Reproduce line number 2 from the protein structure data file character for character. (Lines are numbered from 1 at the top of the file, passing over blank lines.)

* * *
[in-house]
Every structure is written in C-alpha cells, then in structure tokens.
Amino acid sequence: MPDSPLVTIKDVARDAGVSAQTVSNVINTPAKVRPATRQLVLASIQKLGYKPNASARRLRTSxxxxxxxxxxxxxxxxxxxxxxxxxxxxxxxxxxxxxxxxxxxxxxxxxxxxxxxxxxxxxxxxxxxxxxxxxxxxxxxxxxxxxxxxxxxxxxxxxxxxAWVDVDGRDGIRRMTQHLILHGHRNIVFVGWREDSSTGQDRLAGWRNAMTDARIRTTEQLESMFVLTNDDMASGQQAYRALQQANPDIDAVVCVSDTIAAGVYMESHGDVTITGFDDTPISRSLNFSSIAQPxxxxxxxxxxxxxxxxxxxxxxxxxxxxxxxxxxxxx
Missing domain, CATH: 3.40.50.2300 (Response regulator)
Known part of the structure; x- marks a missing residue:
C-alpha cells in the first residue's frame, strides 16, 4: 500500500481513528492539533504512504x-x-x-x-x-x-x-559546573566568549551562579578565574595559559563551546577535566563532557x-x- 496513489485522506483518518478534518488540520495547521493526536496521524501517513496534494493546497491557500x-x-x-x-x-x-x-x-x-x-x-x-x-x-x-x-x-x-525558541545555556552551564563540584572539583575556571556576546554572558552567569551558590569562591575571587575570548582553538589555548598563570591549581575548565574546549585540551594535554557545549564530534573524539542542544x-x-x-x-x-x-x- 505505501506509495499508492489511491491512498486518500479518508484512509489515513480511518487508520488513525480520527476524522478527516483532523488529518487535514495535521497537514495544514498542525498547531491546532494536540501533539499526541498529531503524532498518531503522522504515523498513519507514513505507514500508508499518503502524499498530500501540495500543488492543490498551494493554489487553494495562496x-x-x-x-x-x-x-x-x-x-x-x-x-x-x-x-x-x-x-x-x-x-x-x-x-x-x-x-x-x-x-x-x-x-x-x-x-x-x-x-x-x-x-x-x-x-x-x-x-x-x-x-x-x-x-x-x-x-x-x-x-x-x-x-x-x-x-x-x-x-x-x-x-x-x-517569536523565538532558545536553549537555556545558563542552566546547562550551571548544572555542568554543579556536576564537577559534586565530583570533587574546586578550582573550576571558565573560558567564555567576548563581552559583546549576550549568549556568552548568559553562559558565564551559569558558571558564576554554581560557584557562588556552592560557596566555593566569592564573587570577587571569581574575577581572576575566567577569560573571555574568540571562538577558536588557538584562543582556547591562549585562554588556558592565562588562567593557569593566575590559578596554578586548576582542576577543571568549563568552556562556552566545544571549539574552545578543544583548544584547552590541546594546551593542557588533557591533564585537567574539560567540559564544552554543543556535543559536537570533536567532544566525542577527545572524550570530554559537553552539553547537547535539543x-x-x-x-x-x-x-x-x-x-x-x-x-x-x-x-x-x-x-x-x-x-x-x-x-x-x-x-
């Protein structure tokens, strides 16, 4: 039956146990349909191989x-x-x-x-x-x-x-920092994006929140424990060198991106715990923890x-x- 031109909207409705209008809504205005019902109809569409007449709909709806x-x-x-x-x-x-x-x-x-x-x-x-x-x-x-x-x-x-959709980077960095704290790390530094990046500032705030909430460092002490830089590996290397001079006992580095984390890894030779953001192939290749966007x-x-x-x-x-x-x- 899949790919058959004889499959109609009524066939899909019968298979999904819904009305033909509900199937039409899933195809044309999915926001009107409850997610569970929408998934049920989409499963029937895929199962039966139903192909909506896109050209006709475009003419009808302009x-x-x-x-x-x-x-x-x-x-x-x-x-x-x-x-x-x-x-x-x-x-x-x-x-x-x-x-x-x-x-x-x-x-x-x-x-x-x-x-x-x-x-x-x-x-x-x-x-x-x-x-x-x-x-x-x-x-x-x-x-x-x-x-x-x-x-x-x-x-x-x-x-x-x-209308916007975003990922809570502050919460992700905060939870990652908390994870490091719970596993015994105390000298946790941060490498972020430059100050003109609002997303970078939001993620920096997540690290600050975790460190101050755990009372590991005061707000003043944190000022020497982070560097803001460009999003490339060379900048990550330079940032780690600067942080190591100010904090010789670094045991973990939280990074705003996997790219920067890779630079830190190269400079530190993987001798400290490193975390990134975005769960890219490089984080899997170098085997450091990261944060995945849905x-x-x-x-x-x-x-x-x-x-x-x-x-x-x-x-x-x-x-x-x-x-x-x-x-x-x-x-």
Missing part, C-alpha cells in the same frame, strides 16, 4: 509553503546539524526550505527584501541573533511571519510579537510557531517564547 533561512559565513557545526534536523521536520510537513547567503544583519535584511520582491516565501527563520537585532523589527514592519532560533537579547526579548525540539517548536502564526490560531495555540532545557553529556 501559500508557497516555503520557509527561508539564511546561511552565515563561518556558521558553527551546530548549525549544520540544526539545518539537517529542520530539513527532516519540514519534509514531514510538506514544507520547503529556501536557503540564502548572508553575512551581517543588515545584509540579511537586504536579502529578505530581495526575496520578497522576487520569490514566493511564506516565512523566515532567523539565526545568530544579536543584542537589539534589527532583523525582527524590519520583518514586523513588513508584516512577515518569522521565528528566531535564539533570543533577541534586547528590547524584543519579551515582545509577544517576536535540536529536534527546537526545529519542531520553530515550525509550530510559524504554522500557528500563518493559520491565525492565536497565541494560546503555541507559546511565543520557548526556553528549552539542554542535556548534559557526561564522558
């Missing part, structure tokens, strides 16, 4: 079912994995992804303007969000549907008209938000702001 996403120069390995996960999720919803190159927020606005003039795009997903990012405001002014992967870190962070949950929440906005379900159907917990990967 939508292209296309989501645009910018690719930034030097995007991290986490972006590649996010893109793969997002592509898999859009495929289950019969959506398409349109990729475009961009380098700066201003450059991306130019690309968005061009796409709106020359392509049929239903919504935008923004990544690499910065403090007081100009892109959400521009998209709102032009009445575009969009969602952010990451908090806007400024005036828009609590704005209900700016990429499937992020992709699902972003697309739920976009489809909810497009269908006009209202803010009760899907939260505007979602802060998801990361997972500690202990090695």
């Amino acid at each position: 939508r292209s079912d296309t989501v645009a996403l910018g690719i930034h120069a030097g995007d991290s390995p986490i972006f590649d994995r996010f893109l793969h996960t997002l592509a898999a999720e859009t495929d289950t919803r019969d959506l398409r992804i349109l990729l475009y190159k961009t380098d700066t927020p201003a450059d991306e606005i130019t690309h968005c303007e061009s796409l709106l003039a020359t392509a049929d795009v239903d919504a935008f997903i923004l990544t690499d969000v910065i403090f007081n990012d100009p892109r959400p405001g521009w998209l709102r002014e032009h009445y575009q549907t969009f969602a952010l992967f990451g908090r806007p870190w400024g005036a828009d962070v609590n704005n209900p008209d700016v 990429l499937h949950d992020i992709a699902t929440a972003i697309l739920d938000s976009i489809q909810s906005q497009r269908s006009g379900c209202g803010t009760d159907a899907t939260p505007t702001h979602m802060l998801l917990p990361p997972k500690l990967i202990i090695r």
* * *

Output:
Every structure is written in C-alpha cells, then in structure tokens.